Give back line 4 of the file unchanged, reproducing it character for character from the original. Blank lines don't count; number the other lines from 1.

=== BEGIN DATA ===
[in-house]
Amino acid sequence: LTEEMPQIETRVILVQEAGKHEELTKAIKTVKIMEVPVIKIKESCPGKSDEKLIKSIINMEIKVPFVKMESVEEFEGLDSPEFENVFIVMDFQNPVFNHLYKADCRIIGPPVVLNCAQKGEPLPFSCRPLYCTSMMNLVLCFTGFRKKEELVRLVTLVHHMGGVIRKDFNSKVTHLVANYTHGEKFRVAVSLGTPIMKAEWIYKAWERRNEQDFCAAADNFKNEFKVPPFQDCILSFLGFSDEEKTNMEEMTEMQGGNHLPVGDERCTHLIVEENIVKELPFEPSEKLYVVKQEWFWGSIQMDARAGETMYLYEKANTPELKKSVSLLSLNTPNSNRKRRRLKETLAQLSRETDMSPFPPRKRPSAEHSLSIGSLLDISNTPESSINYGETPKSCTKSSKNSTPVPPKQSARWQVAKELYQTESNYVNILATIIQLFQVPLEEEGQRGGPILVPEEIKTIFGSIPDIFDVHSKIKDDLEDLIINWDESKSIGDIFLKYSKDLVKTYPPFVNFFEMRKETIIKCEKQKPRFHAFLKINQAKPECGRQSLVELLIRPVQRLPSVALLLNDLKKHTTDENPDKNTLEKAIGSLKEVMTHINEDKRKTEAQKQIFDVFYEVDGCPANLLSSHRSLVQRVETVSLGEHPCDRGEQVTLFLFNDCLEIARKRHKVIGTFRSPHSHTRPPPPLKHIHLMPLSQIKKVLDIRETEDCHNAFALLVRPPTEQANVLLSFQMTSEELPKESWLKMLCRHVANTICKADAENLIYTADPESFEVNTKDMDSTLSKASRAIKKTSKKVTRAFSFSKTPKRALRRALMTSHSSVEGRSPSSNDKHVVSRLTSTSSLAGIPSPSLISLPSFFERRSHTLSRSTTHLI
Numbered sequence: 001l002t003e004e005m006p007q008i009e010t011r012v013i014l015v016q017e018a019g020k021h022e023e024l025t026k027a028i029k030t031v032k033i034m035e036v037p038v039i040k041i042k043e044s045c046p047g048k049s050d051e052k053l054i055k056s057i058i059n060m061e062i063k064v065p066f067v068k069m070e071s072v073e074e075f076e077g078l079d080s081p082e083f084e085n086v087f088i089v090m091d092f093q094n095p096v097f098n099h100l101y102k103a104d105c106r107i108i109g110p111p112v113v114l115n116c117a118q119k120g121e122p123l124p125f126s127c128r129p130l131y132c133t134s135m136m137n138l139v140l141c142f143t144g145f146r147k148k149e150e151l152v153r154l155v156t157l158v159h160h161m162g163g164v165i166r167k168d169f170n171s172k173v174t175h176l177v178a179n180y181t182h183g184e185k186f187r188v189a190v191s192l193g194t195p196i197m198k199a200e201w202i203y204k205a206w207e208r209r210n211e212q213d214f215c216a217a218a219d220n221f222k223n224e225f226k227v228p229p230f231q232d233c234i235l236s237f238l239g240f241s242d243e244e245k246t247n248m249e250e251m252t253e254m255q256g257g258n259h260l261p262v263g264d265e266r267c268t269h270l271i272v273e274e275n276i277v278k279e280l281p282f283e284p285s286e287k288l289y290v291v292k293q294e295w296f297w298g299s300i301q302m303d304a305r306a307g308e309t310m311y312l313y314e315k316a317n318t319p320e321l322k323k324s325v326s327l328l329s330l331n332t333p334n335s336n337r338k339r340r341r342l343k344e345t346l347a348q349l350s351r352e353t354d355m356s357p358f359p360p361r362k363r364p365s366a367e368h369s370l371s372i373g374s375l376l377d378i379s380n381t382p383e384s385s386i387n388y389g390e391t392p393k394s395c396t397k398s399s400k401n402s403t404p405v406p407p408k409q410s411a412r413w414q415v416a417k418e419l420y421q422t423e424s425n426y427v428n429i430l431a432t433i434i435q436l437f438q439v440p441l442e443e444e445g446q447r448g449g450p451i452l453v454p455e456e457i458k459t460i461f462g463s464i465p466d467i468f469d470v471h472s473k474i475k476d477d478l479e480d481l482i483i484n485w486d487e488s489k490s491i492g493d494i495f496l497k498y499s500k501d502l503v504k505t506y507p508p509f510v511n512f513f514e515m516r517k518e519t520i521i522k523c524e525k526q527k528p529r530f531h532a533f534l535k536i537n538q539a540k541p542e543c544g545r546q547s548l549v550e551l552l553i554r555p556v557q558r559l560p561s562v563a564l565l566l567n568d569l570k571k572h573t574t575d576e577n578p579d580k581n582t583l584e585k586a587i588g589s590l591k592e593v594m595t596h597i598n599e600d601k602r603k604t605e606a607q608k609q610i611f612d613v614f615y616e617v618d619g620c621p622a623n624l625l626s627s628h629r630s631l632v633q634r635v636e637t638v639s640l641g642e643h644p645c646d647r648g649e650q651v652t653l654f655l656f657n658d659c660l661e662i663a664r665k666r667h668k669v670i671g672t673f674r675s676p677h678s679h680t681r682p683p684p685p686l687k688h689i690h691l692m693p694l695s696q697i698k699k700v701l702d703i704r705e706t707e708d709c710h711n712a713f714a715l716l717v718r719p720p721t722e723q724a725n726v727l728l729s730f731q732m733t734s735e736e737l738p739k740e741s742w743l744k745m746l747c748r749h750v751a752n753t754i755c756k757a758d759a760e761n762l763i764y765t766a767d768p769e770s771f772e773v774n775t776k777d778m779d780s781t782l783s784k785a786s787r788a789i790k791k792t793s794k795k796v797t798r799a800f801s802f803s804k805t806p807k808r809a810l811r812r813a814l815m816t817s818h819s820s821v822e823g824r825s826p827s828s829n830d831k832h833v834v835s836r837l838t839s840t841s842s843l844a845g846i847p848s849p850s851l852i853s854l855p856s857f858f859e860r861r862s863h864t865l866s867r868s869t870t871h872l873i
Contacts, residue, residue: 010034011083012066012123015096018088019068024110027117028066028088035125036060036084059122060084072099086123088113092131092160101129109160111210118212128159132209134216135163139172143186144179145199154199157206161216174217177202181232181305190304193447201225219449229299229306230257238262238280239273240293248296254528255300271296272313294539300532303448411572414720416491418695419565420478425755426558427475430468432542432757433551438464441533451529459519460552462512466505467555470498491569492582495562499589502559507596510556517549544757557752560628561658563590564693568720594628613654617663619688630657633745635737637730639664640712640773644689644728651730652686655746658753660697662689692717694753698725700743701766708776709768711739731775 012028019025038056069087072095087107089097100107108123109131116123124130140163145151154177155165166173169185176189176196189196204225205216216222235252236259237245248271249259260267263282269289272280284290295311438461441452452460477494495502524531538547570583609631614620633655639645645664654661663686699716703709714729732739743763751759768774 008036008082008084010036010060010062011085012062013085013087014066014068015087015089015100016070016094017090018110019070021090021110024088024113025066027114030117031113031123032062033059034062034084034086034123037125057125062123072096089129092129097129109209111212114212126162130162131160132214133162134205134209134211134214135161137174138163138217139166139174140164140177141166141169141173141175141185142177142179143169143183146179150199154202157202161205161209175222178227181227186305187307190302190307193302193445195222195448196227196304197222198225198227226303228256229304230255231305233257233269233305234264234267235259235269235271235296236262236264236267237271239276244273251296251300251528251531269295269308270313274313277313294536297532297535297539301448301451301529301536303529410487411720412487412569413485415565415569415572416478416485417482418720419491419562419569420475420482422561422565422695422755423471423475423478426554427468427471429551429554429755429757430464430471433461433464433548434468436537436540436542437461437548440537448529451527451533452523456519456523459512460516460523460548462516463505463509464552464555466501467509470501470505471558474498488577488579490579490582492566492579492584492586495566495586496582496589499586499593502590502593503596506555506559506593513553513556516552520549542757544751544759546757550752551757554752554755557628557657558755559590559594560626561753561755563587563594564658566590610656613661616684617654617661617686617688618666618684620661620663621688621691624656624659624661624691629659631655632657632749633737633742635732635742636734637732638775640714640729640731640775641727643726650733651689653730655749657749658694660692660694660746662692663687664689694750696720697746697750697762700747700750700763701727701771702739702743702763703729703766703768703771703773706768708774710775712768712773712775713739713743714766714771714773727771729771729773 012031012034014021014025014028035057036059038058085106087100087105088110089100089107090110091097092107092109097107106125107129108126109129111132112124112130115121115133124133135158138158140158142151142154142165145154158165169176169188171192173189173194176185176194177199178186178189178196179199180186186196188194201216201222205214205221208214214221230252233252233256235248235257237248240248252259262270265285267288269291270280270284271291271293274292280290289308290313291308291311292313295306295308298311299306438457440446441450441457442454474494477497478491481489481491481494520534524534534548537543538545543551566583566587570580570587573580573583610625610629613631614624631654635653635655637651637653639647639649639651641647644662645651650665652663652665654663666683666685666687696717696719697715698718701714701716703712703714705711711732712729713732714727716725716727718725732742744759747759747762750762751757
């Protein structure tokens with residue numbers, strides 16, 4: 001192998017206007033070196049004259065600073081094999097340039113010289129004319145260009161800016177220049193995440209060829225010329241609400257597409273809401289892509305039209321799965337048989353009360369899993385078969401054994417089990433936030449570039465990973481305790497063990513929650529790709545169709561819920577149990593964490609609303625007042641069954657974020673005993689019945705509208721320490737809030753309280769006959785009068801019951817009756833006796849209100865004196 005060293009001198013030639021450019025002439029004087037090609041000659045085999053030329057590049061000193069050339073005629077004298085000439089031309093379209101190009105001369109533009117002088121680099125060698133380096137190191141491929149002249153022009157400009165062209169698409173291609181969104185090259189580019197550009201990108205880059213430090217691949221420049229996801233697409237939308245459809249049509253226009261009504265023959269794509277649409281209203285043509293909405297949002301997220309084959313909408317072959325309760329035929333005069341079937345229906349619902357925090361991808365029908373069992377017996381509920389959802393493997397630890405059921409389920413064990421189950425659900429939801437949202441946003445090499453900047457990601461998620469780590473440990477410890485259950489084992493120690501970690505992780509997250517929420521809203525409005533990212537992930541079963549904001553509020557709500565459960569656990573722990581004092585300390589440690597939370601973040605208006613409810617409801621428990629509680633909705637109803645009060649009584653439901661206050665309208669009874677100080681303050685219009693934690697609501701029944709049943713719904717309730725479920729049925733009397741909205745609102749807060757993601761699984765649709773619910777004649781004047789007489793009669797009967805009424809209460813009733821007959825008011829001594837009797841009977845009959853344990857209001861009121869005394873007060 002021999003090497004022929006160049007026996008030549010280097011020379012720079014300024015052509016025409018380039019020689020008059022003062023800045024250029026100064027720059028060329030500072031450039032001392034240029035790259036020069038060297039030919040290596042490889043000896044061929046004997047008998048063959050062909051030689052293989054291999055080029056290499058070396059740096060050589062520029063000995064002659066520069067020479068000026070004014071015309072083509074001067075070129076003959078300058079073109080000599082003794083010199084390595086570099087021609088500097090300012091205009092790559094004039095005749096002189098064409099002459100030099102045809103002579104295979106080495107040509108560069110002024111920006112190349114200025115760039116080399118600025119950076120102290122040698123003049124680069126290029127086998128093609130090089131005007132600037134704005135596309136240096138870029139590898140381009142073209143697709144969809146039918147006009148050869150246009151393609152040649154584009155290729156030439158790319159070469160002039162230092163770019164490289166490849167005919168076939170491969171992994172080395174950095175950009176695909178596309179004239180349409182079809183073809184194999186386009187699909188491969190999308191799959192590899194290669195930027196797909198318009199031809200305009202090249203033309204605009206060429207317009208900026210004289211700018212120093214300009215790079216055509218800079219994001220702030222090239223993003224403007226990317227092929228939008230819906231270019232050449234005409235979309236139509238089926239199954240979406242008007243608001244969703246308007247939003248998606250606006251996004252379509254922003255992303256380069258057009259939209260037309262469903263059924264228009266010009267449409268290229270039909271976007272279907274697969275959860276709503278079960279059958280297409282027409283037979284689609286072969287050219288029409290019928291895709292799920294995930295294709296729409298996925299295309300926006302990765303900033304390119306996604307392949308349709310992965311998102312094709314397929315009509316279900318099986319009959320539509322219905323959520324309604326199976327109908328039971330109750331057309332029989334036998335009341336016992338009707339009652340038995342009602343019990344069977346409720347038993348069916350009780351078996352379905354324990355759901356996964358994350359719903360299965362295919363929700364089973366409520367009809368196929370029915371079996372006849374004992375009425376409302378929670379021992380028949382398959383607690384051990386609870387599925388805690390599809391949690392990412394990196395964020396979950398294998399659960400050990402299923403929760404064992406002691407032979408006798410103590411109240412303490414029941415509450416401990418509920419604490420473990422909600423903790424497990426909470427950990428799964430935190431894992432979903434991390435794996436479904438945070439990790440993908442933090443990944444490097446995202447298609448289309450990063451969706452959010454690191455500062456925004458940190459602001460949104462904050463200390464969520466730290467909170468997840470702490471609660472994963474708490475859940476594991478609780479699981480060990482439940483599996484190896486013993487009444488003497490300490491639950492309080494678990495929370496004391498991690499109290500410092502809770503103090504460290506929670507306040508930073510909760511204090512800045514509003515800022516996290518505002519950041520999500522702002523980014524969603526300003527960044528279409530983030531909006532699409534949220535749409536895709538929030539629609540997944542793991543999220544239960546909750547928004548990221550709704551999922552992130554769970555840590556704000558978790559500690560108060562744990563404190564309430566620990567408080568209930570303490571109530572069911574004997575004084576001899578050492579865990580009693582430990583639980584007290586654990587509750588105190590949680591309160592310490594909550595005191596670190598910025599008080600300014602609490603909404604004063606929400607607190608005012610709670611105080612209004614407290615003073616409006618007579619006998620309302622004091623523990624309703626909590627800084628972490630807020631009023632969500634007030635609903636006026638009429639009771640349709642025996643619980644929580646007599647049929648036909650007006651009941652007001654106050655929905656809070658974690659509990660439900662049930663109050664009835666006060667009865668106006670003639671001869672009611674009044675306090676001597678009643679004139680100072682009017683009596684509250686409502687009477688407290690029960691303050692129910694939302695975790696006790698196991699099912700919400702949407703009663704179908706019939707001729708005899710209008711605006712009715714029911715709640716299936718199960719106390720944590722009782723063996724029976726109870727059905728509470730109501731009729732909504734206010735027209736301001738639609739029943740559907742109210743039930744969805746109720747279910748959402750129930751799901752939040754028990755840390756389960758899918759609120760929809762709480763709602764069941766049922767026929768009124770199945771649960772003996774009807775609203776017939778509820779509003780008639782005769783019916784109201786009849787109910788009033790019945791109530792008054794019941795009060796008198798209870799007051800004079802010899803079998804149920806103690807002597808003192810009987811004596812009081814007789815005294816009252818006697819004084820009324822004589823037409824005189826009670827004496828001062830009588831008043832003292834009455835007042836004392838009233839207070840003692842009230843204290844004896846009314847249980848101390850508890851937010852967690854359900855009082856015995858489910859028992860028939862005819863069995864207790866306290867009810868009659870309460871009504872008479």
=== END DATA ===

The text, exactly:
Contacts, residue, residue: 010034011083012066012123015096018088019068024110027117028066028088035125036060036084059122060084072099086123088113092131092160101129109160111210118212128159132209134216135163139172143186144179145199154199157206161216174217177202181232181305190304193447201225219449229299229306230257238262238280239273240293248296254528255300271296272313294539300532303448411572414720416491418695419565420478425755426558427475430468432542432757433551438464441533451529459519460552462512466505467555470498491569492582495562499589502559507596510556517549544757557752560628561658563590564693568720594628613654617663619688630657633745635737637730639664640712640773644689644728651730652686655746658753660697662689692717694753698725700743701766708776709768711739731775 012028019025038056069087072095087107089097100107108123109131116123124130140163145151154177155165166173169185176189176196189196204225205216216222235252236259237245248271249259260267263282269289272280284290295311438461441452452460477494495502524531538547570583609631614620633655639645645664654661663686699716703709714729732739743763751759768774 008036008082008084010036010060010062011085012062013085013087014066014068015087015089015100016070016094017090018110019070021090021110024088024113025066027114030117031113031123032062033059034062034084034086034123037125057125062123072096089129092129097129109209111212114212126162130162131160132214133162134205134209134211134214135161137174138163138217139166139174140164140177141166141169141173141175141185142177142179143169143183146179150199154202157202161205161209175222178227181227186305187307190302190307193302193445195222195448196227196304197222198225198227226303228256229304230255231305233257233269233305234264234267235259235269235271235296236262236264236267237271239276244273251296251300251528251531269295269308270313274313277313294536297532297535297539301448301451301529301536303529410487411720412487412569413485415565415569415572416478416485417482418720419491419562419569420475420482422561422565422695422755423471423475423478426554427468427471429551429554429755429757430464430471433461433464433548434468436537436540436542437461437548440537448529451527451533452523456519456523459512460516460523460548462516463505463509464552464555466501467509470501470505471558474498488577488579490579490582492566492579492584492586495566495586496582496589499586499593502590502593503596506555506559506593513553513556516552520549542757544751544759546757550752551757554752554755557628557657558755559590559594560626561753561755563587563594564658566590610656613661616684617654617661617686617688618666618684620661620663621688621691624656624659624661624691629659631655632657632749633737633742635732635742636734637732638775640714640729640731640775641727643726650733651689653730655749657749658694660692660694660746662692663687664689694750696720697746697750697762700747700750700763701727701771702739702743702763703729703766703768703771703773706768708774710775712768712773712775713739713743714766714771714773727771729771729773 012031012034014021014025014028035057036059038058085106087100087105088110089100089107090110091097092107092109097107106125107129108126109129111132112124112130115121115133124133135158138158140158142151142154142165145154158165169176169188171192173189173194176185176194177199178186178189178196179199180186186196188194201216201222205214205221208214214221230252233252233256235248235257237248240248252259262270265285267288269291270280270284271291271293274292280290289308290313291308291311292313295306295308298311299306438457440446441450441457442454474494477497478491481489481491481494520534524534534548537543538545543551566583566587570580570587573580573583610625610629613631614624631654635653635655637651637653639647639649639651641647644662645651650665652663652665654663666683666685666687696717696719697715698718701714701716703712703714705711711732712729713732714727716725716727718725732742744759747759747762750762751757